In the words of Muhammad—the messenger (underboss) of Allah (godfather):  “Whoever leaves his Islamic faith, kill him.”
The charge of “traitor” is especially applicable when the Muslim converts to another religion—most frequently Islam’s historic competitor, Christianity—as opposed to simply losing faith in their hearts.  Put differently, the very recent plight of Meriam Ibrahim—a Sudanese Christian wife and mother who, while pregnant, was imprisoned and sentenced to death for “apostasy”—is the tip of the iceberg of the plight of apostates under Islam.
Loyalty and Enmity
Loyalty is an absolute prerequisite of the mafia.  Following elaborate rituals of blood oaths, mafia members are expected to maintain absolute loyalty to the family, on pain of death.
Compare this with Islam’s “Loyalty and Enmity” doctrine, which calls on Muslims to be loyal to each other and their appointed emirs, even if they dislike them.
For example, Koran 9:71 declares that “The believing [Muslim] men and believing [Muslim] women are allies of one another” (see also 8:72-75).  And according to Muhammad, “A Muslim is the brother of a Muslim. He neither oppresses him nor humiliates him nor looks down upon him…. All things of a Muslim are inviolable for his brother in faith: his blood, his wealth, and his honor”—precisely those three things of a Mafioso that are inviolable for his mafia “brother.”  (This is why Muslims like U.S. Army Major Nidal Hassan, whose “worst nightmare” was to be deployed to fight fellow Muslims, often lash out.)
Aside from loyalty to the family, mafia members are also expected not to befriend or associate with too many “outsiders”—who by nature are not to be trusted, as they are not of the “family”—unless such a “friendship” helps advance the family’s position.
Similarly, the second half of the doctrine of Loyalty and Enmity—the enmity—calls on Muslims to maintain distance from and have hate for all non-Muslim “infidels.”
Thus Koran 5:51 warns Muslims against “taking the Jews and Christians as friends and allies … whoever among you takes them for friends and allies, he is surely one of them.” According to the mainstream Islamic exegesis of al-Tabari, Koran 5:51 means that the Muslim who “allies with them [non-Muslims] and enables them against the believers, that same one is a member of their faith and community,” that is, an outsider and enemy.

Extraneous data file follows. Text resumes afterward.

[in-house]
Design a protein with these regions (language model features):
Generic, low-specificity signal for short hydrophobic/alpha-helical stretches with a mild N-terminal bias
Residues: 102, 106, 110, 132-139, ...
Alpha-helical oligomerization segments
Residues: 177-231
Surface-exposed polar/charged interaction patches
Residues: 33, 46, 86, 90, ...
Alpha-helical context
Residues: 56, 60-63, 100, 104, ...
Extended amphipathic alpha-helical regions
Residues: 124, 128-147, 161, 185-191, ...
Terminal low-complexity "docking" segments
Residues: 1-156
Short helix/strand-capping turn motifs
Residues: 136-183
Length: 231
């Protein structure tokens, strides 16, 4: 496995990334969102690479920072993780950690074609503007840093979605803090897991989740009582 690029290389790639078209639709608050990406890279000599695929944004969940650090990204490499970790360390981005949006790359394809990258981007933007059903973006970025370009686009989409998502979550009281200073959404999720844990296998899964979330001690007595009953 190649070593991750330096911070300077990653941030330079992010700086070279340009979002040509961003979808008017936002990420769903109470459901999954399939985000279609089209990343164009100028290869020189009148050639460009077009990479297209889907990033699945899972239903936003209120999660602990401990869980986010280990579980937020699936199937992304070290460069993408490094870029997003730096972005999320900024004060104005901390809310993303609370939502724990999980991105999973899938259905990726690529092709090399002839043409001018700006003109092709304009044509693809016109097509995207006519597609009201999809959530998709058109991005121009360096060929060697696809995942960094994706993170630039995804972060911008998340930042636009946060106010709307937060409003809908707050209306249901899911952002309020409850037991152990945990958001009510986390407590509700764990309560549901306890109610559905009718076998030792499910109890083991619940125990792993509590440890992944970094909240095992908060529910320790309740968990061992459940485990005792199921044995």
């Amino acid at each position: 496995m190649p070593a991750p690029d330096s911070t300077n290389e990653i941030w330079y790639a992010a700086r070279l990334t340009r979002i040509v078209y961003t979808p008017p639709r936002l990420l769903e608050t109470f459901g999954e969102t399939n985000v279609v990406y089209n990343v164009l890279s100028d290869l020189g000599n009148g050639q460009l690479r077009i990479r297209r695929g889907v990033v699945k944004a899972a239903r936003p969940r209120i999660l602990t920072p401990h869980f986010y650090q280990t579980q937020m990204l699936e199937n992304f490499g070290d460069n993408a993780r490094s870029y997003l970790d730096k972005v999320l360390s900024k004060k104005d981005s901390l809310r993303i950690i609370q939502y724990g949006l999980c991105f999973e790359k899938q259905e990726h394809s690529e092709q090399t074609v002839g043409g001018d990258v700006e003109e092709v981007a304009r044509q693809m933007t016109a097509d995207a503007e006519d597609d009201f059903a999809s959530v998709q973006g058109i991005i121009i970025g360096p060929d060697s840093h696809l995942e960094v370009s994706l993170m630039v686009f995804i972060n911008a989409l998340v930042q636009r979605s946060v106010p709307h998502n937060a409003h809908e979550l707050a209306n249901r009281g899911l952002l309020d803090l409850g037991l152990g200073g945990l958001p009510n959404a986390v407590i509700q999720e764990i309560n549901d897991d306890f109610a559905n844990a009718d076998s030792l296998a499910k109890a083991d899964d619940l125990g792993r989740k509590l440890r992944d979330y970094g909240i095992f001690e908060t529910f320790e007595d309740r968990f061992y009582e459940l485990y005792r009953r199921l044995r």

Similar scriptures include Koran 4:89, 4:144, 5:54, 6:40, 9:23, and 58:22; the latter simply states that true Muslims do not befriend non-Muslims—“even if they be their fathers, sons, brothers, or kin.” Koran 60:1 declares, “O you who believe! Do not take my enemy and your enemy [non-believers] for friends: would you offer them love while they deny what has come to you of the truth [i.e., while they deny Islam]?”
Two-Facedness
As mentioned, close relations to non-mafia individuals that prove advantageous to the mafia (for example, collaboration with a “crooked cop”) are permissible—as long as the mafia keeps a safe distance, keeps the outsider at arm’s length.
Compare this to Koran 3:28 which commands “believers not to take infidels for friends and allies instead of believers… unless you but guard yourselves against them, taking precautions.” According to the standard Koran commentary of Tabari, “taking precautions” means:
If you [Muslims] are under their [non-Muslims’] authority, fearing for yourselves, behave loyally to them with your tongue while harboring inner animosity for them … [but know that] Allah has forbidden believers from being friendly or on intimate terms with the infidels rather than other believers—except when infidels are above them [in authority]. Should that be the case, let them act friendly towards them while preserving their religion.
After interpreting Quran 3:28 as meaning that Muslims may “protect” themselves “through outward show” when under non-Muslim authority, Ibn Kathir, perhaps Islam’s most celebrated exegete, quotes Muhammad saying: “Truly, we smile to the faces of some people, while our hearts curse them.”
And just a few years ago, Sheikh Muhammad Hassan—a leading Salafi cleric in Egypt—asserted on live television that, while Muslims should never smile to the faces of non-Muslims, they should smile, however insincerely, if by so doing they help empower Islam, especially in the context of da‘wa.
The idea of hating “outsiders” is so ingrained in Islam that another leading Salafi cleric insists that, although Muslim men may marry Christian and Jewish women, they must hate them in their heart—and show them that they hate them in the hopes that they convert to the “family” of Islam.
(For more on the doctrine of “Loyalty and Enmity,” see al-Qaeda leader Dr. Ayman Zawahiri’s comprehensive treatise by that name in The Al Qaeda Reader, pgs. 63-115).
Stay tuned for the third and final part of this series